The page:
“I am a murderer!” The young voice trembled on the other side of the telephone line. “I was 15 when I committed the murder. I regret what I did. It was an accident. Please save me! I want to live. I want to be free. I am living the last days of my life. Any day now they may take me to the noose. I want to survive. Is there anybody there who can save me?”
The short conversation fades into the distant tumult of Adel Abad Prison in Shiraz, a city in southwest-central Iran, where Behnam Zare’ has been awaiting execution for three years.
In the spring of 2005, Behnam was a freshman in high school when a scuffle over pet pigeons broke out between him and his friend Mehrdad. Minutes later, Behnam had become his buddy’s murderer. He says he still has no recollection of how it really happened.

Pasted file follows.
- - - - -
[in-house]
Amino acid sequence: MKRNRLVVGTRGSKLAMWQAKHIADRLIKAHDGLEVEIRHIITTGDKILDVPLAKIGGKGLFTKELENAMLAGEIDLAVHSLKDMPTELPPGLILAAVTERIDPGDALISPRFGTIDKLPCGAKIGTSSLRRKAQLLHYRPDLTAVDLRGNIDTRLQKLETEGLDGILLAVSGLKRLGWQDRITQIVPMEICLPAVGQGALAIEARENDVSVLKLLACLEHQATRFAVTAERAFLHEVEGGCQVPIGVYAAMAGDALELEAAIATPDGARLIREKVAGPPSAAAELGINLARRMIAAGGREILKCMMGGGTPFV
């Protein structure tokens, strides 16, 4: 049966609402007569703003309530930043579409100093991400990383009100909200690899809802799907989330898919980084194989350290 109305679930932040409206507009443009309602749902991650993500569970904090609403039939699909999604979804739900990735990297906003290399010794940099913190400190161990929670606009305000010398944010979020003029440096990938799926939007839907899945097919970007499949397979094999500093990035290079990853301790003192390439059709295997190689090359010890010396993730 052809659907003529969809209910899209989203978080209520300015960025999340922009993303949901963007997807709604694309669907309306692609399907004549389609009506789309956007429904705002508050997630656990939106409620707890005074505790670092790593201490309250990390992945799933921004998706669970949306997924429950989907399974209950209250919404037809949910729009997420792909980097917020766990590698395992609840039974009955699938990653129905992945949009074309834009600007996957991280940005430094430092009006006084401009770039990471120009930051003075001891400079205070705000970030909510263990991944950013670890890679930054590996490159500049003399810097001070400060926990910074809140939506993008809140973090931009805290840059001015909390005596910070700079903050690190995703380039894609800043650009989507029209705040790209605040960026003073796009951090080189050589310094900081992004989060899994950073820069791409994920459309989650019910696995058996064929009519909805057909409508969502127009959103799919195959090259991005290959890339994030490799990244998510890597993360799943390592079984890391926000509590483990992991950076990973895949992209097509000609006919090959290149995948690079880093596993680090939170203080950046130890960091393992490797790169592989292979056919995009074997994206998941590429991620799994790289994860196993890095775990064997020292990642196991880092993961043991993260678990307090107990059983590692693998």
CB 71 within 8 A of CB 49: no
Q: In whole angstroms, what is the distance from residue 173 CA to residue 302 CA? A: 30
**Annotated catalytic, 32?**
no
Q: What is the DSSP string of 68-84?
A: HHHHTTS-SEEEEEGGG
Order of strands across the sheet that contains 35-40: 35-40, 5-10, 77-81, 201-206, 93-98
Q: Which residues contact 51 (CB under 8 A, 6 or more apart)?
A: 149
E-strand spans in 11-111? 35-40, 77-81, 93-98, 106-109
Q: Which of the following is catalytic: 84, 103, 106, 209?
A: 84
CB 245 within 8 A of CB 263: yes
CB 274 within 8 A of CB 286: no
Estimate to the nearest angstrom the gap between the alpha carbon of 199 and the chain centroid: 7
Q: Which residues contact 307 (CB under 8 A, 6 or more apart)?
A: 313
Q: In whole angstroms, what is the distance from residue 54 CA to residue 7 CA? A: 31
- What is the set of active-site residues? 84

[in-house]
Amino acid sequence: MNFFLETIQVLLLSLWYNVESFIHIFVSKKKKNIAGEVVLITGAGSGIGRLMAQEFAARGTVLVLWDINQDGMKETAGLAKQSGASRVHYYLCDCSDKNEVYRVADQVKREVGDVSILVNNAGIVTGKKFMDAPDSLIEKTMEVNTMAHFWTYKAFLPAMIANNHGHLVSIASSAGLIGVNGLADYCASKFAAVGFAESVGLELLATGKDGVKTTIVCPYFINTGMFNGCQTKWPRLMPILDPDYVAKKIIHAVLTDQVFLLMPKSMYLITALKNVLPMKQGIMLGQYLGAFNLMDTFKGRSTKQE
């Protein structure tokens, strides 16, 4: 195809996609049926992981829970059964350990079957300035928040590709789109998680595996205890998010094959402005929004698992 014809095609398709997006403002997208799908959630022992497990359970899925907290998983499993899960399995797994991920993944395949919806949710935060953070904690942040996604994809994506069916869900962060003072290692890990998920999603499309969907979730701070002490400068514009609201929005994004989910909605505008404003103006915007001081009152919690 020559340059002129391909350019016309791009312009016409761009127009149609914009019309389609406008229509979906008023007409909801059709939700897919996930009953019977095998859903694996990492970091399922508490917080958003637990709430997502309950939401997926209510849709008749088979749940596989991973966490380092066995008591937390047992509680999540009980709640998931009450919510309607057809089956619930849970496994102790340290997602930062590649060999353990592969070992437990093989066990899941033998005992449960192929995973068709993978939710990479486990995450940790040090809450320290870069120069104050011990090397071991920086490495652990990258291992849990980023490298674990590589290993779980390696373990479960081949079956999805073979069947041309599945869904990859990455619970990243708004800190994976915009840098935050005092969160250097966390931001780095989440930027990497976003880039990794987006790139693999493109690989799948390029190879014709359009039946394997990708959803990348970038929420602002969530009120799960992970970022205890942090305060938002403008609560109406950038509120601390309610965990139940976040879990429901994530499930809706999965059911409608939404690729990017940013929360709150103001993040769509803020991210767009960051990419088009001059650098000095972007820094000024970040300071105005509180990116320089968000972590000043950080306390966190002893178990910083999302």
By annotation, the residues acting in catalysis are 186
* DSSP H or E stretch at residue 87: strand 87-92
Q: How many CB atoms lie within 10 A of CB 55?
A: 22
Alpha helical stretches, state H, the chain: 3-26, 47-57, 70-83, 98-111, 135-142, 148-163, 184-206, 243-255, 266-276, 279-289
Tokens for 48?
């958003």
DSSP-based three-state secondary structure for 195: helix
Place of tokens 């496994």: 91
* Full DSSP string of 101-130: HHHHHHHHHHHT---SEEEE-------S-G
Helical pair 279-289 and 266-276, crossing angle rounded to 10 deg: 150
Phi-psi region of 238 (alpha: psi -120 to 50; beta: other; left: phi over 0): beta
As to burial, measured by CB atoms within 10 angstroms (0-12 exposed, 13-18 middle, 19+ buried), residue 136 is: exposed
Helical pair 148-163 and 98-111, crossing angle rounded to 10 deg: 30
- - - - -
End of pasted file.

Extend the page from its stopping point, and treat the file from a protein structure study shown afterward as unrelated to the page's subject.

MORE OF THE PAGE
Behnam, still a minor at the time he was arrested, landed in prison. Not long after the judicial process began he was convicted of murder in the primary court and sentenced to death.
Iran is among the very few countries in which children under the age of 18 can be sentenced to death. Although a signatory to the United Nations’ International Convention on the Rights of the Child and International Covenant on Civil and Political Rights, which prohibit the ill-treatment and execution of children or juvenile offenders under any circumstance, the Islamic Republic still preserves for itself the right of over-ruling the treaties.
What understanding and humanitarianism can you expect from the religious freaks of Iran? I suppose this is the ideal state for them, Sharia laws!!!